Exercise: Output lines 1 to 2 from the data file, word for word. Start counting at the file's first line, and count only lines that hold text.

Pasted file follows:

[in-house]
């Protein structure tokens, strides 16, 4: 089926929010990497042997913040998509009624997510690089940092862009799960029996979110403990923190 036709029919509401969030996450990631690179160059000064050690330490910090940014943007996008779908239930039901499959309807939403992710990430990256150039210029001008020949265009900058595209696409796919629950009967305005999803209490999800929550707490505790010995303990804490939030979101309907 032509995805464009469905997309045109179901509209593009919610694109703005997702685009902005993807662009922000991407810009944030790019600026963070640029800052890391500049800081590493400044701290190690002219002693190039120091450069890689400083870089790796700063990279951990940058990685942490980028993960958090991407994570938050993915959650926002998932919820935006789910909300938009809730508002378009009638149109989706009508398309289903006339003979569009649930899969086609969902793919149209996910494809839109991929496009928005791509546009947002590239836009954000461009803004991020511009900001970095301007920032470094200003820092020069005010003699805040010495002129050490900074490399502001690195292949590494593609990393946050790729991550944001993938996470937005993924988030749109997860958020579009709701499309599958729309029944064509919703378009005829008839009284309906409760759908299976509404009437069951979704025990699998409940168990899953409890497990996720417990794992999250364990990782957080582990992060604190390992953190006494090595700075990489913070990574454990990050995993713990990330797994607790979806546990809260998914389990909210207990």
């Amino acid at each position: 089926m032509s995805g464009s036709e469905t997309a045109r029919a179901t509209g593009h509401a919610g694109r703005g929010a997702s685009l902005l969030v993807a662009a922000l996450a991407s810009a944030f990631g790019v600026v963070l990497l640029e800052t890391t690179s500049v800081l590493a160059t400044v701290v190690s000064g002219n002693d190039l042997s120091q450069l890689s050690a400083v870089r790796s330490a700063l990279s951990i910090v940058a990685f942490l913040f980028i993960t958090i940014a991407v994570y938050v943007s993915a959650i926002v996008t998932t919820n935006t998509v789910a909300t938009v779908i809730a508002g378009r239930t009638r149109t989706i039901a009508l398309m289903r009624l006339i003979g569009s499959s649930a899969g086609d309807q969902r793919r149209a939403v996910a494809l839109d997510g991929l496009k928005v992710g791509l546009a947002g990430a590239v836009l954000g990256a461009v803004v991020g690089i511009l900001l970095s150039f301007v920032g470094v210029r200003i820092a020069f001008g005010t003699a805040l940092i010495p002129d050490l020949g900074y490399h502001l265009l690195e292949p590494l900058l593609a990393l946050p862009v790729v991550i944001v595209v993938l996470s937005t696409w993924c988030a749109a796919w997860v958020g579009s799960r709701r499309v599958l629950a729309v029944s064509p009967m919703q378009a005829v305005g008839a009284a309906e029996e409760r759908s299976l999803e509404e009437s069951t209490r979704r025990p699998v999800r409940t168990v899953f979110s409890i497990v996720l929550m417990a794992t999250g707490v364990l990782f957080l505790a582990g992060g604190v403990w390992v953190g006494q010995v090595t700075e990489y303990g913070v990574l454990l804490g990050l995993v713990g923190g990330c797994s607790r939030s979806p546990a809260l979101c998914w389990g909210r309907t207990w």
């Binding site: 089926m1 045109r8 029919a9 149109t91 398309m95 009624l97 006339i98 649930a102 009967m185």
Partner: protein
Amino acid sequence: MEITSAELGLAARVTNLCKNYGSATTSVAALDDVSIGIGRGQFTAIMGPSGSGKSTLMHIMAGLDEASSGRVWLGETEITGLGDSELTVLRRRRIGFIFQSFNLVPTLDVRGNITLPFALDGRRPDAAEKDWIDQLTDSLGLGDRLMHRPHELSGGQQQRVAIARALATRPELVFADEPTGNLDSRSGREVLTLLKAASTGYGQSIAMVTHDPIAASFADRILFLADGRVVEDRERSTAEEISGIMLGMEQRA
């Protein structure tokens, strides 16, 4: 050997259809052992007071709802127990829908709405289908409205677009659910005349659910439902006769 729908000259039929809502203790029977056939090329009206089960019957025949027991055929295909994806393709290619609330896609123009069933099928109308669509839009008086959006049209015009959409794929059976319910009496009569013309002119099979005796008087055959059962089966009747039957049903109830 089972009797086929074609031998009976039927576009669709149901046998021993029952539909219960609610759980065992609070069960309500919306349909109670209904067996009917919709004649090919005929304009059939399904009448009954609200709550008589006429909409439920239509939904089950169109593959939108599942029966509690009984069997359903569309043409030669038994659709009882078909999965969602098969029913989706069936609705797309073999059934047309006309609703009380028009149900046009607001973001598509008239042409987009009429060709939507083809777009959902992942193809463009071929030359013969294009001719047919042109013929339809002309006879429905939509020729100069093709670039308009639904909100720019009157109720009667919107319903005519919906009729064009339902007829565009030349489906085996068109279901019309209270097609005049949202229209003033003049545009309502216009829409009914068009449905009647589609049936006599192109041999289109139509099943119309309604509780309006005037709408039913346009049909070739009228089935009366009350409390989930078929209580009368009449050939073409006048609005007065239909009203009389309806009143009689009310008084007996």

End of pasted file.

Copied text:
[in-house]
């Protein structure tokens, strides 16, 4: 089926929010990497042997913040998509009624997510690089940092862009799960029996979110403990923190 036709029919509401969030996450990631690179160059000064050690330490910090940014943007996008779908239930039901499959309807939403992710990430990256150039210029001008020949265009900058595209696409796919629950009967305005999803209490999800929550707490505790010995303990804490939030979101309907 032509995805464009469905997309045109179901509209593009919610694109703005997702685009902005993807662009922000991407810009944030790019600026963070640029800052890391500049800081590493400044701290190690002219002693190039120091450069890689400083870089790796700063990279951990940058990685942490980028993960958090991407994570938050993915959650926002998932919820935006789910909300938009809730508002378009009638149109989706009508398309289903006339003979569009649930899969086609969902793919149209996910494809839109991929496009928005791509546009947002590239836009954000461009803004991020511009900001970095301007920032470094200003820092020069005010003699805040010495002129050490900074490399502001690195292949590494593609990393946050790729991550944001993938996470937005993924988030749109997860958020579009709701499309599958729309029944064509919703378009005829008839009284309906409760759908299976509404009437069951979704025990699998409940168990899953409890497990996720417990794992999250364990990782957080582990992060604190390992953190006494090595700075990489913070990574454990990050995993713990990330797994607790979806546990809260998914389990909210207990």